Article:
Oprah Winfrey can shut down her book club if she wants, but Jim's Book Club isn't going anywhere.
That's bad news for the fairer sex on two counts. First, Oprah's Book Club had legions of loyal, mostly female members who dutifully bought the featured book which, more often than not, was uplifting and inspirational.
And second, Jim's Book Club is dedicated to books espousing the guy point of view and various male causes and interests. Its books are seldom inspirational and nearly never uplifting.
This time, loyal members of Jim's Book Club, we are featuring a new tome called "A Man, a Can, a Plan," by David Joachim and the editors of "Men's Health" magazine (Rodale/St. Martin's Press, $15.95).
Even though "A Man, a Can, a Plan" is a cookbook, we must ask all women to stop reading at the end of this sentence. (Right here.)
That's because this is a guy cookbook, and does not follow accepted procedures commonly found in female cookbooks such as precise measuring of ingredients. With the exception of some "big-flavor" foods like canned jalapenos, Joachim writes, "an ounce or two variance won't make any difference in the dish."
As the title suggests, "A Man, a Can, a Plan" contains recipes (the plans) that feature things in cans as their primary ingredients. In fact, the book is a celebration of the lowly can.
"The can is fast. The can is healthy ... The can holds the secret to every great guy meal," writes Joachim in the book's preface.
He and the editors then proceed to lay out 50 recipes using foods found in cans, organized according to the nine basic food groups that comprise the guy food pyramid ham, chicken, fish, chili, beans, SpaghettiOs, veggies, fruit and beer.
Here you will find the recipes for culinary delights such as Border Patrol Casserole, Cluck Finn on a Raft, Pig in a Pinwheel, Game-Day Stew, Weenies with the Works, and Mexi Can Pie. The latter, for example, combines two cans of chili, one can of beer, one jar of green chilis, and one container of refrigerator biscuits into a delicacy fit for five guys so desperately hungry they'll eat anything.
Splattered throughout the book are healthy eating tips and other tidbits of information about how good canned goods are for you.
Did you know, for example, that each can of SpaghettiOs has 10 grams of protein, 4 grams of fiber and just 5 grams of fat? Or that canned foods have, for all practical purposes, the same nutritional value as their fresh counterparts.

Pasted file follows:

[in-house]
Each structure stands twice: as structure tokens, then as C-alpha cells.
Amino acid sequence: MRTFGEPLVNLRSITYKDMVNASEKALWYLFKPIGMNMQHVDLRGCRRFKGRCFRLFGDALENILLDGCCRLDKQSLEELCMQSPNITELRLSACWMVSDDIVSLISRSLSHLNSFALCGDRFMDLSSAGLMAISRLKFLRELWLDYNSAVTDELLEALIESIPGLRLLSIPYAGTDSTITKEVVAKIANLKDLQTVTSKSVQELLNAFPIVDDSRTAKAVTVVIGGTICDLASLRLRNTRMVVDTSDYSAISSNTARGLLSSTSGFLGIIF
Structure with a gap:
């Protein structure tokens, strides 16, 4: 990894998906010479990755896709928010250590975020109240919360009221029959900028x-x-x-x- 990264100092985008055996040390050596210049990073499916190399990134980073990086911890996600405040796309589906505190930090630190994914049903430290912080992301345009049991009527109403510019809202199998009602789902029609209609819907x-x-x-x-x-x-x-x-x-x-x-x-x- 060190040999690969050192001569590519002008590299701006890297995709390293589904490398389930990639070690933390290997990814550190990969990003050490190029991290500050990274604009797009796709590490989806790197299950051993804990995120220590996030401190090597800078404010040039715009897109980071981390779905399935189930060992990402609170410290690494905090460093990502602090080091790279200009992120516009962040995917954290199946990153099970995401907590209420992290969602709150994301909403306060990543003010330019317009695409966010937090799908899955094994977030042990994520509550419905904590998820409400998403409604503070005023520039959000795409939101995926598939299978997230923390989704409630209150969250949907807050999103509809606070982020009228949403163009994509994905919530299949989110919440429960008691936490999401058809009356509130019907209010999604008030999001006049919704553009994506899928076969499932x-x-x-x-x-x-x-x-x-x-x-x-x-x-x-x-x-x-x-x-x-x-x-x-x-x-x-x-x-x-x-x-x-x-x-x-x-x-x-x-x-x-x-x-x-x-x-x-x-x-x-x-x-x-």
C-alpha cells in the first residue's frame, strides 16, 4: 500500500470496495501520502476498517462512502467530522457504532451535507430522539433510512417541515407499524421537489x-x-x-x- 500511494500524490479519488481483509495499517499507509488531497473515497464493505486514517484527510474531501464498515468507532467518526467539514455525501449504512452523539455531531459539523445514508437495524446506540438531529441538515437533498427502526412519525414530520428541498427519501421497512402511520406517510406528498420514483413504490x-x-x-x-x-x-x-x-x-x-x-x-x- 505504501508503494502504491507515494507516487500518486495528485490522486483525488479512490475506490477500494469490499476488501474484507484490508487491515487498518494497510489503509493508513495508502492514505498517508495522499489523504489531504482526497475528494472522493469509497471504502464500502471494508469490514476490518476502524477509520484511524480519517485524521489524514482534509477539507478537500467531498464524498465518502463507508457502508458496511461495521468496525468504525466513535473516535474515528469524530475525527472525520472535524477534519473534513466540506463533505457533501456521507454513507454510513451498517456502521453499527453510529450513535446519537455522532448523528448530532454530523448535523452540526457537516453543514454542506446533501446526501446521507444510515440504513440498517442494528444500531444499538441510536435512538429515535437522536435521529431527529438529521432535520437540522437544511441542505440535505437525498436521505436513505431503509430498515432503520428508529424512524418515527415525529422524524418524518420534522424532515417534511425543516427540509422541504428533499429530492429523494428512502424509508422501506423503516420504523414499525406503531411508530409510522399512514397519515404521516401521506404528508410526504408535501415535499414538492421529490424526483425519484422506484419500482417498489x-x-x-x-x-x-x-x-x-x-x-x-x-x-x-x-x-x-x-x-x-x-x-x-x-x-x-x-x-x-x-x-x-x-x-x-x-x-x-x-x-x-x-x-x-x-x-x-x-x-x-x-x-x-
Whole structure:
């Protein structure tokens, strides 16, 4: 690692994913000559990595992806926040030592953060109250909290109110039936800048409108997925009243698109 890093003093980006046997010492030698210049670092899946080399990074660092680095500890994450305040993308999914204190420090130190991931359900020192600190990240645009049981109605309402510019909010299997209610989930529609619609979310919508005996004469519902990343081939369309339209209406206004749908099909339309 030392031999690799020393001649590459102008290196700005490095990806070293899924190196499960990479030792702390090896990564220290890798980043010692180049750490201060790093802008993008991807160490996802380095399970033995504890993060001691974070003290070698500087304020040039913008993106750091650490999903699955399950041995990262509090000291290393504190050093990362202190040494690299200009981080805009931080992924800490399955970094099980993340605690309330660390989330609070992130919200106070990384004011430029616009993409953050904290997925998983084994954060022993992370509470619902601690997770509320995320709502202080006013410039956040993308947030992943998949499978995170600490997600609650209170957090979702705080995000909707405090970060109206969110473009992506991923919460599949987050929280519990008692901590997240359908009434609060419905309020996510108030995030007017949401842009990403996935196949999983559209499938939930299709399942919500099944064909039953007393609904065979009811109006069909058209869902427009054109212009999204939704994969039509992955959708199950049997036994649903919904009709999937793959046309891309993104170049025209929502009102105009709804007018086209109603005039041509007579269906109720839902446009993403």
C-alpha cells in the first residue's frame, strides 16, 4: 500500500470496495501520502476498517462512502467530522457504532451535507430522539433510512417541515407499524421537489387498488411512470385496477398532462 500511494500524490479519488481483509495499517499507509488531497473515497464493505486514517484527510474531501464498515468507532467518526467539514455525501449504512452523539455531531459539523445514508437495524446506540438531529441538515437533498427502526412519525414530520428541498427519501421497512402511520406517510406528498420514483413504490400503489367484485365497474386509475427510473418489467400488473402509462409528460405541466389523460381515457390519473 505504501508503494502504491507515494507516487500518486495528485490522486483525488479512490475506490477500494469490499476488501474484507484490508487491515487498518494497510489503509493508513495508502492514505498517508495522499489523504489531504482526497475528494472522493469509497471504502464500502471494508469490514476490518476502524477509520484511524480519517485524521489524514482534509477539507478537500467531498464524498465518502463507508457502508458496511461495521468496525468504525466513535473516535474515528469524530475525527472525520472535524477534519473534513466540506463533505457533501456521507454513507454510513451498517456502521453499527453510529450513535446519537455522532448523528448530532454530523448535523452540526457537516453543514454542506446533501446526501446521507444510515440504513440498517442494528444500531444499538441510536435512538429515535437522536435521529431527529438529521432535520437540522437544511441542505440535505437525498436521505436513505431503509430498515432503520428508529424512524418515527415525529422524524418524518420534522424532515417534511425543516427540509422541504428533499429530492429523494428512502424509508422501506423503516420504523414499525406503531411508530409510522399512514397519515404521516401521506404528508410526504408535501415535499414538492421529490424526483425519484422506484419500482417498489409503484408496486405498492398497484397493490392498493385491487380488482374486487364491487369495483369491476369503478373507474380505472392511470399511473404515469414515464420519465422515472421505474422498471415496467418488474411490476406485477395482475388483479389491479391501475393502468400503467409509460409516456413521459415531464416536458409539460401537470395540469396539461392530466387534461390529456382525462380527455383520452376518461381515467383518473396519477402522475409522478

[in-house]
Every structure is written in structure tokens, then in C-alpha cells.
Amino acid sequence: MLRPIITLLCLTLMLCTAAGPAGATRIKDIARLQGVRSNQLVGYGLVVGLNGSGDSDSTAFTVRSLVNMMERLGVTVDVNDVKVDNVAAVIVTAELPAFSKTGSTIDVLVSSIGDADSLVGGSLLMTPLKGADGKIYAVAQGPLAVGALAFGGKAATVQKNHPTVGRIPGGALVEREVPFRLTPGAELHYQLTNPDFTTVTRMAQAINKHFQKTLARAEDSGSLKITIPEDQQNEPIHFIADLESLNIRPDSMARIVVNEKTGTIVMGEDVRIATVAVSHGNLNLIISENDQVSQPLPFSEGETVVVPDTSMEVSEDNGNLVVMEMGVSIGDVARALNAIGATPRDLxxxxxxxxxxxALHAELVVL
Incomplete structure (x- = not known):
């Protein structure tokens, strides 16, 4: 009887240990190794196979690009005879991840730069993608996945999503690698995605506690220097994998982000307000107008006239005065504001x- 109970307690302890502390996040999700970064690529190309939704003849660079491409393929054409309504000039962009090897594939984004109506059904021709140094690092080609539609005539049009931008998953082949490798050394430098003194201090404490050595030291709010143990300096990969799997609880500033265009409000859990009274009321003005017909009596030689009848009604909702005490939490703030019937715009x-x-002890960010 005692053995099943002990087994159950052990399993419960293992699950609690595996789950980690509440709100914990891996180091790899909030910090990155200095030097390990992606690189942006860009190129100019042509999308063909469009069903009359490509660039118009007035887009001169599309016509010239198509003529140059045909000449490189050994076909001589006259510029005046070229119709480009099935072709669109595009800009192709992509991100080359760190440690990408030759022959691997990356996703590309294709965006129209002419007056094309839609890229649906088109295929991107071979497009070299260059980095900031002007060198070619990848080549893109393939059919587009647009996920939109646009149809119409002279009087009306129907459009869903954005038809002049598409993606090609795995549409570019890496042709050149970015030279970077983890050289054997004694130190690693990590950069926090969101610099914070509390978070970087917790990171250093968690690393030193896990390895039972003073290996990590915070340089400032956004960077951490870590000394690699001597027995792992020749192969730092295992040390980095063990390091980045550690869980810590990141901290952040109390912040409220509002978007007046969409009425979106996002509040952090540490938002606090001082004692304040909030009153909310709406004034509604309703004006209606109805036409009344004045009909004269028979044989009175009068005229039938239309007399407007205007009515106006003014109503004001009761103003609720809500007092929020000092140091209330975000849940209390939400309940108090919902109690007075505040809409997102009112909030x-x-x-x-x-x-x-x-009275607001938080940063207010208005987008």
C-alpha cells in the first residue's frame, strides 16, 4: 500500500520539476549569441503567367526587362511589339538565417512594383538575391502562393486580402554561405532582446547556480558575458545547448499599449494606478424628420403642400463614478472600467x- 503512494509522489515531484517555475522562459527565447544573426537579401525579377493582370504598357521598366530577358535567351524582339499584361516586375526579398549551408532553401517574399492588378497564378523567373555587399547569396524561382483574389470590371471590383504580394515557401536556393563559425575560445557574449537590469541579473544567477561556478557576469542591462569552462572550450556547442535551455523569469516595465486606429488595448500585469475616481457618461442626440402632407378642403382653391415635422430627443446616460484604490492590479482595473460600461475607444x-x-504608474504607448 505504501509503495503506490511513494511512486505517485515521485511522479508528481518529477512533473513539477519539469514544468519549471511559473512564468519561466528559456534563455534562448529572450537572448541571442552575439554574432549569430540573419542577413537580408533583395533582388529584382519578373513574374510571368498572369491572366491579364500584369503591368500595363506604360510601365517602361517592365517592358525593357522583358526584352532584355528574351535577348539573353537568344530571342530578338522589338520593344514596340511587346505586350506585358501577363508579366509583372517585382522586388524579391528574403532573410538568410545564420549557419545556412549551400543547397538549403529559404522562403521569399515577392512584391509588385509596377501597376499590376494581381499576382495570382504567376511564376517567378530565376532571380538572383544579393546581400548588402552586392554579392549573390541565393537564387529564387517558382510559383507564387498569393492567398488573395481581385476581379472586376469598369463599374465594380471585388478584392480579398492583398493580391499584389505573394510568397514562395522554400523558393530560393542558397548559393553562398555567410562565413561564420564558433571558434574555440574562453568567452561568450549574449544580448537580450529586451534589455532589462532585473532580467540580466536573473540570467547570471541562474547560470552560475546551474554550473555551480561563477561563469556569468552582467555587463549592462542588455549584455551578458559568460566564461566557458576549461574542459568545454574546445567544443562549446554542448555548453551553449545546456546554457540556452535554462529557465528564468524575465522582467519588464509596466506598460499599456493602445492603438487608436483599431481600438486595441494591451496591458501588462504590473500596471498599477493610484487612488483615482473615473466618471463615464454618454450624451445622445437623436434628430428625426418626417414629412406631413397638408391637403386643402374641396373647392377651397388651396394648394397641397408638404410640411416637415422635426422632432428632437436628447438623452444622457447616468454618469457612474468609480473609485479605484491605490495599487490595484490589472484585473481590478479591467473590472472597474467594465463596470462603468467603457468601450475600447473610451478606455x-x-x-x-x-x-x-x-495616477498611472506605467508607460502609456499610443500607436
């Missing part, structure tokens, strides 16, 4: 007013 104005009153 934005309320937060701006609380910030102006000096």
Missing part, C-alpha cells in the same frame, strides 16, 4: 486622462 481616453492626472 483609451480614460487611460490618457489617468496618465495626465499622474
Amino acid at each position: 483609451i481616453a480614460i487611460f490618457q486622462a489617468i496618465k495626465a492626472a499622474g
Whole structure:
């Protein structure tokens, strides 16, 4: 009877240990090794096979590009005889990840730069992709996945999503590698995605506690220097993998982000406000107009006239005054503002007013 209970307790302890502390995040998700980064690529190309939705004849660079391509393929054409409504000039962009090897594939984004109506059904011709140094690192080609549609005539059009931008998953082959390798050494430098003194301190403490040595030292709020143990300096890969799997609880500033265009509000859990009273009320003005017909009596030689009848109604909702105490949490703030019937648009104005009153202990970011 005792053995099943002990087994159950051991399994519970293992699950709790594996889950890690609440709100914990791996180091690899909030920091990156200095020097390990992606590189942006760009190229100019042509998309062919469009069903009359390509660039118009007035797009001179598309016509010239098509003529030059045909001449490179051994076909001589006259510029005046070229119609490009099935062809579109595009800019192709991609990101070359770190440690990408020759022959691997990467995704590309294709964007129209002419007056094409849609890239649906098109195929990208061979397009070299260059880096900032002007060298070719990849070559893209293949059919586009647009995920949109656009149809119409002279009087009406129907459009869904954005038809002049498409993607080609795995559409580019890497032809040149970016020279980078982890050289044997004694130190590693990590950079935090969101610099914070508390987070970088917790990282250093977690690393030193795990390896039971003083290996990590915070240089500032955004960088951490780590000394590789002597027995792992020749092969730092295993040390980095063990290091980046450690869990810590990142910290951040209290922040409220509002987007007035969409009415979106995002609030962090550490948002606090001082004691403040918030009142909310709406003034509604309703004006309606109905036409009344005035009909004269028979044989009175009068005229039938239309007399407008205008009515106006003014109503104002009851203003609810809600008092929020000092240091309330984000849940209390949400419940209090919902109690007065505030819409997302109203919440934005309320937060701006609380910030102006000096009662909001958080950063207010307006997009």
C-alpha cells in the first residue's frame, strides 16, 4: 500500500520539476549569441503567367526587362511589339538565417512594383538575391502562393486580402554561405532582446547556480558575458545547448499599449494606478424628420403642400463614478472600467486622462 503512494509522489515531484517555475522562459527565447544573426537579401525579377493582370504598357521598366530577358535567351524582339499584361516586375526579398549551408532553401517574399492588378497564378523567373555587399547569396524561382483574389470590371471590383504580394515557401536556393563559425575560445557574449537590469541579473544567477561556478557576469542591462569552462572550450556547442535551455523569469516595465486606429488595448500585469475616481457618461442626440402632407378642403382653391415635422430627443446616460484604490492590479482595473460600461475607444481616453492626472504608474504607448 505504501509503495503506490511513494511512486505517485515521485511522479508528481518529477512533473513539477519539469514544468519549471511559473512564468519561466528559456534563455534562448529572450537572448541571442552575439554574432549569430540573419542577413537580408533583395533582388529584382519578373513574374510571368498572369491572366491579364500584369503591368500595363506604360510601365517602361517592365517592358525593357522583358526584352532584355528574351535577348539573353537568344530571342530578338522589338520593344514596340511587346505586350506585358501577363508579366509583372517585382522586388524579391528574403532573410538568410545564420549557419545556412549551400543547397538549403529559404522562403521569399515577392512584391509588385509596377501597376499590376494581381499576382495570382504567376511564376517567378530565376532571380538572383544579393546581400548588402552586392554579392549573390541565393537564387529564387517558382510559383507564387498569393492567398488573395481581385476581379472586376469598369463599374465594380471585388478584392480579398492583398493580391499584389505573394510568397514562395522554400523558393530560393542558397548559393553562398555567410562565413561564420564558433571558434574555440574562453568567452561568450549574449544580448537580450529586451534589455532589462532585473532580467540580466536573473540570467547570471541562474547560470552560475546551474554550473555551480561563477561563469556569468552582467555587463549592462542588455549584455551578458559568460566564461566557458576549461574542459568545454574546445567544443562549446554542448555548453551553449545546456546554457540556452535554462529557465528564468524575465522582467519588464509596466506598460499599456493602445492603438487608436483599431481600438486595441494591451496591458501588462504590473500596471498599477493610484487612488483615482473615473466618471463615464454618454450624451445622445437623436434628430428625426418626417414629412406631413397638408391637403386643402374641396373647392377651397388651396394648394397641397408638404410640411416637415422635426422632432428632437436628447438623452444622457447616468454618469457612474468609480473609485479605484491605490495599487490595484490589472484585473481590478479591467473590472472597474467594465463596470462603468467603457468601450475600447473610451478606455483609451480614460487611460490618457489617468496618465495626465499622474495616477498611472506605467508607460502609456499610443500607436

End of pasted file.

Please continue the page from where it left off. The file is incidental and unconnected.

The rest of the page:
For sure, you didn't know that while the average can has a shelf life of two years, a can of roasted veal taken on an expedition by Sir William Edward Parry in the 1820s was opened and fed to a cat in 1938. The cat, Joachim reports, "had no complaints." He does not indicate if the cat lived to meow another day.
"A Man, a Can, a Plan" has some other nice features, which make it a must-own book for your average single guy:
While the book is an inch thick, it only has 43 pages because it is printed on really heavy, splatter-proof card stock. None of those wimpy 3-x-5 index cards or loose-leaf Betty Crocker pages for this two-fisted man's cookbook.
All the ingredients are pictured for each recipe, with big plus (+) symbols indicating that they should be combined. Then, after a big equal (=) sign is a full-color photo of what the finished dish is supposed to look like. This is a fail-safe cookbook that an idiot or even a guy can follow.
Guy language is employed wherever possible. For example, ingredients are not "added," "combined" or "folded into," they are "dumped together" or "plopped onto" and then are "nuked" or "stuck" in the oven.
If you thought the can had become a quaint relic whose halcyon days were past, think again. Joachim puts it this way:
"You don't need a culinary degree to make it. You don't need any fancy ingredients. All you need is a can opener and an appetite."
Best of all, he says, "...it tastes damn fine, too."